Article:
Cabbage soup, not the boiled diet version, can be glorious
The mere mention of cabbage soup in my household makes my husband a little stressed, and with good reason.
He remembers all too well the cabbage soup diet fad that I talked him into trying before our wedding. To be fair, I wasn't alone: Everyone was making this magical cabbage soup, and eating it multiple times a day, with the hope of nourishing our bodies while also making them bikini-beautiful. I'm not proud to admit, I was caught up in the hype. But a week or two in, I couldn't stand the soup for one more minute — the way my apartment smelled like a dirty sock, the taste of the soup itself, and according to my husband, my personality went from general pleasant to downright cranky.
Nearly 20 years later, I decided it might be worth trying to concoct a tastier version of cabbage soup, not as a diet, but just as an addition to our soup rotation. After all, cabbage is incredibly healthy, and I'm definitely a fan of veggie soups to boost nutrition. It took some major convincing for my husband to try any cabbage soup at all. In fact, he didn't even want it cooking in the house - olfactory memory is powerful. So, I tinkered one week when he was out of the country for work. And I discovered a genius way to sidestep the strong smell and taste of the boiled cabbage of yesterday: leave the cabbage raw. It was so simple, but would it work?
It worked perfectly! The key is to cut the cabbage very thinly, or shred it on a grater or in a food processor. Or, simply buy the slaw already sliced for coleslaw. Whip up a simple vegetable broth with onions, garlic and ginger and pour the steaming broth over the cabbage just before serving. (You could even use store-bought broth and it would be fine.) The cabbage softens just enough to be pleasant - almost noodle-like - but stays fresh, light and tasty, absolutely zero hint of the old boiled soup days. Even though it's truly delicious (my husband agrees), I'm glad we aren't stuck eating any cabbage soup for weeks on end.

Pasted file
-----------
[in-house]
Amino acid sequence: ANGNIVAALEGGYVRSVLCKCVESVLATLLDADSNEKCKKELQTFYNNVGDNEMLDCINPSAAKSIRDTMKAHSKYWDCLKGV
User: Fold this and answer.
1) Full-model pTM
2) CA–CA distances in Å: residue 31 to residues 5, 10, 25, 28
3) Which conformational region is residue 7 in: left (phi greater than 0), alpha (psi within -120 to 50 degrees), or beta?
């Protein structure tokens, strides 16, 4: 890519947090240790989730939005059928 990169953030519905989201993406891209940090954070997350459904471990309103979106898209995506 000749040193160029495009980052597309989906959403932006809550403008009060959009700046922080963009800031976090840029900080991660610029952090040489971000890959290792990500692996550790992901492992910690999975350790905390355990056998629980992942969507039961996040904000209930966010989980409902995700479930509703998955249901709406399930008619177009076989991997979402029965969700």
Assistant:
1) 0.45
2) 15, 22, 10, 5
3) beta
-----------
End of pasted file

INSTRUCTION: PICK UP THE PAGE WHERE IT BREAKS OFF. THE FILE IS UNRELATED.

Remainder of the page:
CABBAGE SOUP IN GINGER AND GARLIC BROTH
Start to finish: 25 minutes
1 teaspoon olive oil
1 large yellow onion, sliced
1-inch chunk of fresh ginger, peeled and sliced into 5 or 6 slices
5 cloves of garlic, smashed
4 1/2 cups of water
2 teaspoons mild yellow or white miso paste
1 tablespoon soy sauce
2 tablespoons fresh lime juice
1/2 cup shelled edamame
4 cups shredded or very thinly sliced green cabbage
1 cup shredded carrot
Chopped green onion
Chopped fresh cilantro, mint, and basil
Hot chili sauce, optional
Make the broth: In a large sauce pan, cook the onion and ginger in the olive oil, stirring, over medium heat until onion begins to soften, about 5 minutes. Add the garlic and cook an additional couple of minutes until very fragrant. Add the water and bring to a boil. Bring to a boil over medium high heat and then simmer on medium until the broth takes on a mild
Meanwhile, divide the edamame, cabbage and carrot among four serving bowls. Once the broth is ready, remove the onion, garlic and ginger with a slotted spoon and discard the aromatics. (Or strain the broth through a sieve.) Return the broth to the heat, and whisk in the miso paste, soy sauce and lime juice.
Taste the broth and adjust seasoning, adding more miso, soy sauce or lime juice if desired. Pour the steaming broth on top of the cabbage in the bowls, and top with sliced green onion, fresh herbs (cilantro, mint and basil mixed together are perfect), and a dash of hot sauce, if desired. Cabbage will soften slightly as it sits.
Nutrition information per serving: 90 calories; 19 calories from fat; 2 g fat (0 g saturated; 0 g trans fats); 0 mg cholesterol; 255 mg sodium; 15 g carbohydrate; 4 g fiber; 5 g sugar; 4 g protein.
Food Network star Melissa d'Arabian is an expert on healthy eating on a budget. She is the author of the cookbook, "Supermarket Healthy."